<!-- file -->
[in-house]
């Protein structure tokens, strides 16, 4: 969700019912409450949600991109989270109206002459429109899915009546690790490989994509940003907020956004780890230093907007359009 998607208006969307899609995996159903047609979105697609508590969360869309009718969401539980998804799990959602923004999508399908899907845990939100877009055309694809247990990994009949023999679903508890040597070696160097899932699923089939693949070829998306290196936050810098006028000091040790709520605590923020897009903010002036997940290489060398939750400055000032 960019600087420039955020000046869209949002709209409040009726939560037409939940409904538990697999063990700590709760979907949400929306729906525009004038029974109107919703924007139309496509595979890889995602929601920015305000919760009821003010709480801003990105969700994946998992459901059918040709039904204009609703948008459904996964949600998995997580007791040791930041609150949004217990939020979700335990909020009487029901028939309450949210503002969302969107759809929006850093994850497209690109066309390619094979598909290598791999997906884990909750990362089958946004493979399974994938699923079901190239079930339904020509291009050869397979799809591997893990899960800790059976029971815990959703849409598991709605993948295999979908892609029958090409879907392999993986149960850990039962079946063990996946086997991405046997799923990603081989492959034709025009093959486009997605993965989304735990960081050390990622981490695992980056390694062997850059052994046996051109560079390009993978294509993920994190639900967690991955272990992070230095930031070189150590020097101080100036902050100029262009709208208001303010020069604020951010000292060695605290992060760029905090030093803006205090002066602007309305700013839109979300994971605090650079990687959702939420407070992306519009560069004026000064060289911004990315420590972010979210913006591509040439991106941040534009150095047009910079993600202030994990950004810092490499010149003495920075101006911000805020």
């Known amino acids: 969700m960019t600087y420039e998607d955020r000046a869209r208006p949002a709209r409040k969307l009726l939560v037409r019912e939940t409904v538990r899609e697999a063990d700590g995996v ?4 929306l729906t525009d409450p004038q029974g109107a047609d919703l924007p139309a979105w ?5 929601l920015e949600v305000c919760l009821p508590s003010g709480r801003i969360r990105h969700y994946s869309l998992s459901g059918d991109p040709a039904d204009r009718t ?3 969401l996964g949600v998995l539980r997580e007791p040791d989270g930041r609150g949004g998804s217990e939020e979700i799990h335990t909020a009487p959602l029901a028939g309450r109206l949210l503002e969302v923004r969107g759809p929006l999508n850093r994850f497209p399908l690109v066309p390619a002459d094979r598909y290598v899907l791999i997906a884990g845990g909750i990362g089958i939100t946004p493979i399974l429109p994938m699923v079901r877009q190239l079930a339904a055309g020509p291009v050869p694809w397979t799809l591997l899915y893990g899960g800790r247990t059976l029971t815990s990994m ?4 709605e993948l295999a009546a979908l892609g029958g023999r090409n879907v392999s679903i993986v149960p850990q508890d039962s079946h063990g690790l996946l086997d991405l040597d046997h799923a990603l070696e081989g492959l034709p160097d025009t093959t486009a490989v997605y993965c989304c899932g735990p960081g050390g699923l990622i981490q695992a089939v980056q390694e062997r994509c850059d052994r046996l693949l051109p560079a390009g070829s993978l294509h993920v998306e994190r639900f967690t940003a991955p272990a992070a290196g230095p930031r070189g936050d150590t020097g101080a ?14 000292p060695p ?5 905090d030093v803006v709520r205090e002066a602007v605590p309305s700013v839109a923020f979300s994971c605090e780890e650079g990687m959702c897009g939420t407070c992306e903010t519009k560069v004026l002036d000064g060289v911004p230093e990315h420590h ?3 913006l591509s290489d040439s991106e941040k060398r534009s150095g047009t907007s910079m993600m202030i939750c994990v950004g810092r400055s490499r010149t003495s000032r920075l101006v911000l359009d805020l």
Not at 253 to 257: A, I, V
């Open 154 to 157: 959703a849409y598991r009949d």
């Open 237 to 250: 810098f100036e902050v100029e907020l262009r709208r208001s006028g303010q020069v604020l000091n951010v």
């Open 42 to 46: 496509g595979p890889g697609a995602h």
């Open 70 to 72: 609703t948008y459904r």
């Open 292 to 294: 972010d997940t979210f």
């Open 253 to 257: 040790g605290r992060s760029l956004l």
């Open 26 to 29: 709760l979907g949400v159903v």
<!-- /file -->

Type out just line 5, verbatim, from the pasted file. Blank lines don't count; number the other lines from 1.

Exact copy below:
């Open 154 to 157: 959703a849409y598991r009949d």